When I asked him to sit again he replied by saying that he will do so very soon and continued to stare at one of the models. The model was that of a magnetic train which had a pencil floating mid-air. I pretended not to take notice.

I asked Sumit to sit once again and told him that the model will still be there after we finish talking.  On hearing this, Sumit finally sat down. However, while the other children were listening to what I had to say, Sumit still seemed to be thinking about the train.

After speaking with the children, I decided to show them some films about scientific toys and experiments by Arvind Gupta. This was the first time that the children were seeing a film on the projector. The children watched 7 to 8 films attentively. The films were about making paper caps, paper houses, a small book with 14 pages, magical match sticks and dancing man. All the children enjoyed watching the films but Sumit seemed to enjoy them the most.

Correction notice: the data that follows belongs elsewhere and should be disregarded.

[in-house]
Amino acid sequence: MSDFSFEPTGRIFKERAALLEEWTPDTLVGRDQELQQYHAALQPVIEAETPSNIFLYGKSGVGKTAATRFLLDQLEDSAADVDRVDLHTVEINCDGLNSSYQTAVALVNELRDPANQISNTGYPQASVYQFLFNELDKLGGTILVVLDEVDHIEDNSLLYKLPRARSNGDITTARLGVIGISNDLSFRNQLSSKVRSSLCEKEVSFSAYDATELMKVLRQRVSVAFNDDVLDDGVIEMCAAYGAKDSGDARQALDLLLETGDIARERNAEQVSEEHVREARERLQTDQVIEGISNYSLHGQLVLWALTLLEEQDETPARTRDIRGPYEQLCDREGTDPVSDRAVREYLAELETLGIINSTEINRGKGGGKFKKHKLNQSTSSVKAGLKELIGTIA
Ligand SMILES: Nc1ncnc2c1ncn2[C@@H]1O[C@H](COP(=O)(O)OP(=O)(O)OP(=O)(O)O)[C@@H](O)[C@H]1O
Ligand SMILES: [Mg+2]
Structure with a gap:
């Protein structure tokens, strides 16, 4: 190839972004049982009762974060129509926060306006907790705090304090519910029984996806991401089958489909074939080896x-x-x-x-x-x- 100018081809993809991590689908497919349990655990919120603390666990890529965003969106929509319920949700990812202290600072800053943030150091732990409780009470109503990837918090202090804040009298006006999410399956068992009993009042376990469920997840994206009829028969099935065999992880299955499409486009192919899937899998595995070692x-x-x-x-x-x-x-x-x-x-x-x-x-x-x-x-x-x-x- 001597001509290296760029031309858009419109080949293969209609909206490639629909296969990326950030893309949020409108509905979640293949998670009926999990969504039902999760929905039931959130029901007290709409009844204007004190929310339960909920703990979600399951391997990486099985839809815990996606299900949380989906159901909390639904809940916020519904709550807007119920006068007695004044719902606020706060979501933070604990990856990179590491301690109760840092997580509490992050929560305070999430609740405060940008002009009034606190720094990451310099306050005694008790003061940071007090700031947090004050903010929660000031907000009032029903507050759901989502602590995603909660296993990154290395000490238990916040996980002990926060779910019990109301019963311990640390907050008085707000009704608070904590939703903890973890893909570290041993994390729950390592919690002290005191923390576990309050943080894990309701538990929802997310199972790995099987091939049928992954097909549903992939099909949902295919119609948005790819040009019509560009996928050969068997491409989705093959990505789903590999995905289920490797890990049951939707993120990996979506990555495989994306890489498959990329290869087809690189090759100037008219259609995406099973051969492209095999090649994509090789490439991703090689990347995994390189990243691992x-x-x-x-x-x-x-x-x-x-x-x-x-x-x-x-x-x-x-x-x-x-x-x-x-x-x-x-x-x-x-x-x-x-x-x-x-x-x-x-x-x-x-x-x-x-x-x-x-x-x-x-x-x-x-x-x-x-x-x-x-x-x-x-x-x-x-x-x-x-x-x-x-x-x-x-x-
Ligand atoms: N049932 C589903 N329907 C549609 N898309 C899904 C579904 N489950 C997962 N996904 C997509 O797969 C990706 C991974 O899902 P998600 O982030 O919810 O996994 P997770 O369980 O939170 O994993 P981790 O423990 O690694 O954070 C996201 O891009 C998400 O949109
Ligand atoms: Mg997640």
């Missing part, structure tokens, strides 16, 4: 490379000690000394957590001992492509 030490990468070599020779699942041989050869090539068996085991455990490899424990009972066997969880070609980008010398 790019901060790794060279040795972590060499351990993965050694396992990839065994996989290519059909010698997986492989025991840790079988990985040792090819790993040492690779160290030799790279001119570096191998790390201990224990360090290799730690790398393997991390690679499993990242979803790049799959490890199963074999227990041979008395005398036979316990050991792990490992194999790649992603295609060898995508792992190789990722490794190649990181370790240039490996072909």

When the children were tasked with making the same scientific toys, Sumit was the first one to finish making the paper cap and was soon helping other children with it. Eventually, Sumit saw a paper crocodile that was sitting right next to the model that had caught Sumit's fancy initially. Sumit picked the paper crocodile and looked at it closely.

At the end of the day, Sumit had spent 3 hours with the rest of the children and had not picked up fights, loitered around or indulged in any mischief. When it was time to go home Sumit came to me and said that he can make the magnetic train if he gets the magnets. I gave him the magnets and with little guidance he made the model which he was so fascinated about. His joy new no bounds  

The next day, the students brought some of the scientific toys that they had created at home. Each child had made one or two other models, Sumit, however, had made them all.

“Look! Magical matchstick”, he said as he entered the classroom, ”A crocodile!”

He even started reading Arvind Gupta's book on scientific toys and experiments.